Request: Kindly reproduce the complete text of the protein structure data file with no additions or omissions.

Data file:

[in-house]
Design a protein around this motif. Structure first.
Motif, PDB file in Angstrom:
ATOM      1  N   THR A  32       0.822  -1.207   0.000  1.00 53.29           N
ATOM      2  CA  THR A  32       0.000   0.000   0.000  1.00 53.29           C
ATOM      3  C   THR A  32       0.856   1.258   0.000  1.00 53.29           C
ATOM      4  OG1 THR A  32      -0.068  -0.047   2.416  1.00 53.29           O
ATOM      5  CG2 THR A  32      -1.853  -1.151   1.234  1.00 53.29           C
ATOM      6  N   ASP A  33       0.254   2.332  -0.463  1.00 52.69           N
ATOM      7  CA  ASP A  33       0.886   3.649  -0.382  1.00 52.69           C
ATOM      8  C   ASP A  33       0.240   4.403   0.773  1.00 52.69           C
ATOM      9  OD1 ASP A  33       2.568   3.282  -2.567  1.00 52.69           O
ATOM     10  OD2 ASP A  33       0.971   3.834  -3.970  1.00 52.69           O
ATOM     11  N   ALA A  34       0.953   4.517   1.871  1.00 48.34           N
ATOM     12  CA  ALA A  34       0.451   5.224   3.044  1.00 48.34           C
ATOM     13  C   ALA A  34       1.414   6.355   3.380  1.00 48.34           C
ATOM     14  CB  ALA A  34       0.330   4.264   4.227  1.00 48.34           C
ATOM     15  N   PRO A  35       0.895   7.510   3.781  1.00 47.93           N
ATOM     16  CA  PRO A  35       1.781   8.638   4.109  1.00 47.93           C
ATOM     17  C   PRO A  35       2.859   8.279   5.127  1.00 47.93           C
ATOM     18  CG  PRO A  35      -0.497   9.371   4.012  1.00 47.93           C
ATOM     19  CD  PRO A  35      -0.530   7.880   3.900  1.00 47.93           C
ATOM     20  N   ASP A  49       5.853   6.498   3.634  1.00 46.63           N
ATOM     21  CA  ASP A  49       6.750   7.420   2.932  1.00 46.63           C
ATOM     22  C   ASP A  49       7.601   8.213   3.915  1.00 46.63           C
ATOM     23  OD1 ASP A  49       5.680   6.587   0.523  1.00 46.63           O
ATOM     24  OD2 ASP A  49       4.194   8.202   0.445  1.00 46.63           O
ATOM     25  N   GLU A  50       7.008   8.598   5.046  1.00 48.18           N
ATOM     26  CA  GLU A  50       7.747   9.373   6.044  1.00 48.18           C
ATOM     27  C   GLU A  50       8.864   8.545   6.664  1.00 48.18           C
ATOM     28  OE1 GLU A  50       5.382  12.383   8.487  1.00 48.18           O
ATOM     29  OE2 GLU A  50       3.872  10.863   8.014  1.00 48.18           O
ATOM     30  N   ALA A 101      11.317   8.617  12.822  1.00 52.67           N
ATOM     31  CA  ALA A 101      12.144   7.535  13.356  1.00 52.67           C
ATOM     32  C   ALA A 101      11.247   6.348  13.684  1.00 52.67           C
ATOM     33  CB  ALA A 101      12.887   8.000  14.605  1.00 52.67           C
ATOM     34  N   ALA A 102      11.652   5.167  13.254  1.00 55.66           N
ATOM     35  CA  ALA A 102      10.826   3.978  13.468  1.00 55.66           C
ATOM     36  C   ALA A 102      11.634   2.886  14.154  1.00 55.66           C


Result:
[in-house]
Design a protein around this motif. Structure first.
Motif, PDB file in Angstrom:
ATOM      1  N   THR A  32       0.822  -1.207   0.000  1.00 53.29           N
ATOM      2  CA  THR A  32       0.000   0.000   0.000  1.00 53.29           C
ATOM      3  C   THR A  32       0.856   1.258   0.000  1.00 53.29           C
ATOM      4  OG1 THR A  32      -0.068  -0.047   2.416  1.00 53.29           O
ATOM      5  CG2 THR A  32      -1.853  -1.151   1.234  1.00 53.29           C
ATOM      6  N   ASP A  33       0.254   2.332  -0.463  1.00 52.69           N
ATOM      7  CA  ASP A  33       0.886   3.649  -0.382  1.00 52.69           C
ATOM      8  C   ASP A  33       0.240   4.403   0.773  1.00 52.69           C
ATOM      9  OD1 ASP A  33       2.568   3.282  -2.567  1.00 52.69           O
ATOM     10  OD2 ASP A  33       0.971   3.834  -3.970  1.00 52.69           O
ATOM     11  N   ALA A  34       0.953   4.517   1.871  1.00 48.34           N
ATOM     12  CA  ALA A  34       0.451   5.224   3.044  1.00 48.34           C
ATOM     13  C   ALA A  34       1.414   6.355   3.380  1.00 48.34           C
ATOM     14  CB  ALA A  34       0.330   4.264   4.227  1.00 48.34           C
ATOM     15  N   PRO A  35       0.895   7.510   3.781  1.00 47.93           N
ATOM     16  CA  PRO A  35       1.781   8.638   4.109  1.00 47.93           C
ATOM     17  C   PRO A  35       2.859   8.279   5.127  1.00 47.93           C
ATOM     18  CG  PRO A  35      -0.497   9.371   4.012  1.00 47.93           C
ATOM     19  CD  PRO A  35      -0.530   7.880   3.900  1.00 47.93           C
ATOM     20  N   ASP A  49       5.853   6.498   3.634  1.00 46.63           N
ATOM     21  CA  ASP A  49       6.750   7.420   2.932  1.00 46.63           C
ATOM     22  C   ASP A  49       7.601   8.213   3.915  1.00 46.63           C
ATOM     23  OD1 ASP A  49       5.680   6.587   0.523  1.00 46.63           O
ATOM     24  OD2 ASP A  49       4.194   8.202   0.445  1.00 46.63           O
ATOM     25  N   GLU A  50       7.008   8.598   5.046  1.00 48.18           N
ATOM     26  CA  GLU A  50       7.747   9.373   6.044  1.00 48.18           C
ATOM     27  C   GLU A  50       8.864   8.545   6.664  1.00 48.18           C
ATOM     28  OE1 GLU A  50       5.382  12.383   8.487  1.00 48.18           O
ATOM     29  OE2 GLU A  50       3.872  10.863   8.014  1.00 48.18           O
ATOM     30  N   ALA A 101      11.317   8.617  12.822  1.00 52.67           N
ATOM     31  CA  ALA A 101      12.144   7.535  13.356  1.00 52.67           C
ATOM     32  C   ALA A 101      11.247   6.348  13.684  1.00 52.67           C
ATOM     33  CB  ALA A 101      12.887   8.000  14.605  1.00 52.67           C
ATOM     34  N   ALA A 102      11.652   5.167  13.254  1.00 55.66           N
ATOM     35  CA  ALA A 102      10.826   3.978  13.468  1.00 55.66           C
ATOM     36  C   ALA A 102      11.634   2.886  14.154  1.00 55.66           C